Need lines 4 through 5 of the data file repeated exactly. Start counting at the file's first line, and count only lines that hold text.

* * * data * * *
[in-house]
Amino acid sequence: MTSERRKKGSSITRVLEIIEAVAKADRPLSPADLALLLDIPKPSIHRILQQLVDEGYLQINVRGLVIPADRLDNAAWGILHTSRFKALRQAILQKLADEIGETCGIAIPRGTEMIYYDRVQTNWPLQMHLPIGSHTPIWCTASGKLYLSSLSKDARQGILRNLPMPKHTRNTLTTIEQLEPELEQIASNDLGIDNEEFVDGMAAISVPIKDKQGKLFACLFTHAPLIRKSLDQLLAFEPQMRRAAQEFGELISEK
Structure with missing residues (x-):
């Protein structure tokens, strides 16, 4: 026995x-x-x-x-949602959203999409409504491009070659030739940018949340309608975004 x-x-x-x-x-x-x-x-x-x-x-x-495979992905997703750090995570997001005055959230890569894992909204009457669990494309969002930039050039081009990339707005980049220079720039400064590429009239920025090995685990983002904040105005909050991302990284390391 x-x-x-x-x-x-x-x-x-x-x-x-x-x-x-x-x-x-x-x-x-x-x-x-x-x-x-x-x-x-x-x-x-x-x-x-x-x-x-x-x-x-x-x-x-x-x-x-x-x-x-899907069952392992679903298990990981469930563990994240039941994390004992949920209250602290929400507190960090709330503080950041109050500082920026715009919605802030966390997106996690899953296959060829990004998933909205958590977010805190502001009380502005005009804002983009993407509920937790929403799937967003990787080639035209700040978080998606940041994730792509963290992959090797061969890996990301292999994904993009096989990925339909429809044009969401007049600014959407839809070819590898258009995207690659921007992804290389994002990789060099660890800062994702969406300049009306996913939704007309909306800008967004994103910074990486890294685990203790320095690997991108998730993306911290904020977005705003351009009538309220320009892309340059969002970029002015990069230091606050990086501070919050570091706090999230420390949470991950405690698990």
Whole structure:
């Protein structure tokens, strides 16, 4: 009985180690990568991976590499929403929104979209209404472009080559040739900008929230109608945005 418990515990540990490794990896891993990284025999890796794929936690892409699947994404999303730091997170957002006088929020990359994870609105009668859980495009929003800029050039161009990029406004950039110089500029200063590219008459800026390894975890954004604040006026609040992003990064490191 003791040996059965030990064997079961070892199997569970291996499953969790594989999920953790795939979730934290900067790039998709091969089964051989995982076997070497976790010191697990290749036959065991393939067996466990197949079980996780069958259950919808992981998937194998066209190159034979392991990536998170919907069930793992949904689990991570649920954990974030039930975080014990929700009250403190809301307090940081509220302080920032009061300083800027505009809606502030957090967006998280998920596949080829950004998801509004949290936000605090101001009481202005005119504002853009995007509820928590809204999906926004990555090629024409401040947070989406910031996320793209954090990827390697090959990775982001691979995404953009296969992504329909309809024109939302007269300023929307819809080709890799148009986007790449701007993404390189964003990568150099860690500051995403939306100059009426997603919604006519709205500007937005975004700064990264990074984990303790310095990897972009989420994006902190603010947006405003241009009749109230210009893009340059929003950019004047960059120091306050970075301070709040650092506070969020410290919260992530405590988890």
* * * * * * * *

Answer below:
């Protein structure tokens, strides 16, 4: 026995x-x-x-x-949602959203999409409504491009070659030739940018949340309608975004 x-x-x-x-x-x-x-x-x-x-x-x-495979992905997703750090995570997001005055959230890569894992909204009457669990494309969002930039050039081009990339707005980049220079720039400064590429009239920025090995685990983002904040105005909050991302990284390391 x-x-x-x-x-x-x-x-x-x-x-x-x-x-x-x-x-x-x-x-x-x-x-x-x-x-x-x-x-x-x-x-x-x-x-x-x-x-x-x-x-x-x-x-x-x-x-x-x-x-x-899907069952392992679903298990990981469930563990994240039941994390004992949920209250602290929400507190960090709330503080950041109050500082920026715009919605802030966390997106996690899953296959060829990004998933909205958590977010805190502001009380502005005009804002983009993407509920937790929403799937967003990787080639035209700040978080998606940041994730792509963290992959090797061969890996990301292999994904993009096989990925339909429809044009969401007049600014959407839809070819590898258009995207690659921007992804290389994002990789060099660890800062994702969406300049009306996913939704007309909306800008967004994103910074990486890294685990203790320095690997991108998730993306911290904020977005705003351009009538309220320009892309340059969002970029002015990069230091606050990086501070919050570091706090999230420390949470991950405690698990």
Whole structure: